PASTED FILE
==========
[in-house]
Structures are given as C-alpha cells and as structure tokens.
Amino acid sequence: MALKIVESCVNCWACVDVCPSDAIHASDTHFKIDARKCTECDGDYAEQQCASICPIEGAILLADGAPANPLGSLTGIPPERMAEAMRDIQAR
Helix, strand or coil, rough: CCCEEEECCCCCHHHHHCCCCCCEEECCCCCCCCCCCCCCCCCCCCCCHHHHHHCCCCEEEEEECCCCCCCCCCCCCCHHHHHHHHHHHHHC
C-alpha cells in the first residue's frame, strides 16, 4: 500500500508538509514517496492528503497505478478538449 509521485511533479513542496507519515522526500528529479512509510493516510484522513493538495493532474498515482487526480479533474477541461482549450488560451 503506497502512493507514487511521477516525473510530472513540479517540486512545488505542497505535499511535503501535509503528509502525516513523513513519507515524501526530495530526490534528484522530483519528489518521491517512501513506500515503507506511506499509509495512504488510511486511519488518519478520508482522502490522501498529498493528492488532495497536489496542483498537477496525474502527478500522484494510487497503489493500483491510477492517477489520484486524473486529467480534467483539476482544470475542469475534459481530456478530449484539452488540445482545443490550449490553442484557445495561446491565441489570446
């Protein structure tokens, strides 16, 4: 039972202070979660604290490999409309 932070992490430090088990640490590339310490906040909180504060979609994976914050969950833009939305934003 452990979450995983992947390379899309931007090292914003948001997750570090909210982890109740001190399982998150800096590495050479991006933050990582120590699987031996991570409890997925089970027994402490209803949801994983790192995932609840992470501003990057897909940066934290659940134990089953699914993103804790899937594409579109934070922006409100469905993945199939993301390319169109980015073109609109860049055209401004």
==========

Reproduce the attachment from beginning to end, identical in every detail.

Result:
[in-house]
Structures are given as C-alpha cells and as structure tokens.
Amino acid sequence: MALKIVESCVNCWACVDVCPSDAIHASDTHFKIDARKCTECDGDYAEQQCASICPIEGAILLADGAPANPLGSLTGIPPERMAEAMRDIQAR
Helix, strand or coil, rough: CCCEEEECCCCCHHHHHCCCCCCEEECCCCCCCCCCCCCCCCCCCCCCHHHHHHCCCCEEEEEECCCCCCCCCCCCCCHHHHHHHHHHHHHC
C-alpha cells in the first residue's frame, strides 16, 4: 500500500508538509514517496492528503497505478478538449 509521485511533479513542496507519515522526500528529479512509510493516510484522513493538495493532474498515482487526480479533474477541461482549450488560451 503506497502512493507514487511521477516525473510530472513540479517540486512545488505542497505535499511535503501535509503528509502525516513523513513519507515524501526530495530526490534528484522530483519528489518521491517512501513506500515503507506511506499509509495512504488510511486511519488518519478520508482522502490522501498529498493528492488532495497536489496542483498537477496525474502527478500522484494510487497503489493500483491510477492517477489520484486524473486529467480534467483539476482544470475542469475534459481530456478530449484539452488540445482545443490550449490553442484557445495561446491565441489570446
């Protein structure tokens, strides 16, 4: 039972202070979660604290490999409309 932070992490430090088990640490590339310490906040909180504060979609994976914050969950833009939305934003 452990979450995983992947390379899309931007090292914003948001997750570090909210982890109740001190399982998150800096590495050479991006933050990582120590699987031996991570409890997925089970027994402490209803949801994983790192995932609840992470501003990057897909940066934290659940134990089953699914993103804790899937594409579109934070922006409100469905993945199939993301390319169109980015073109609109860049055209401004």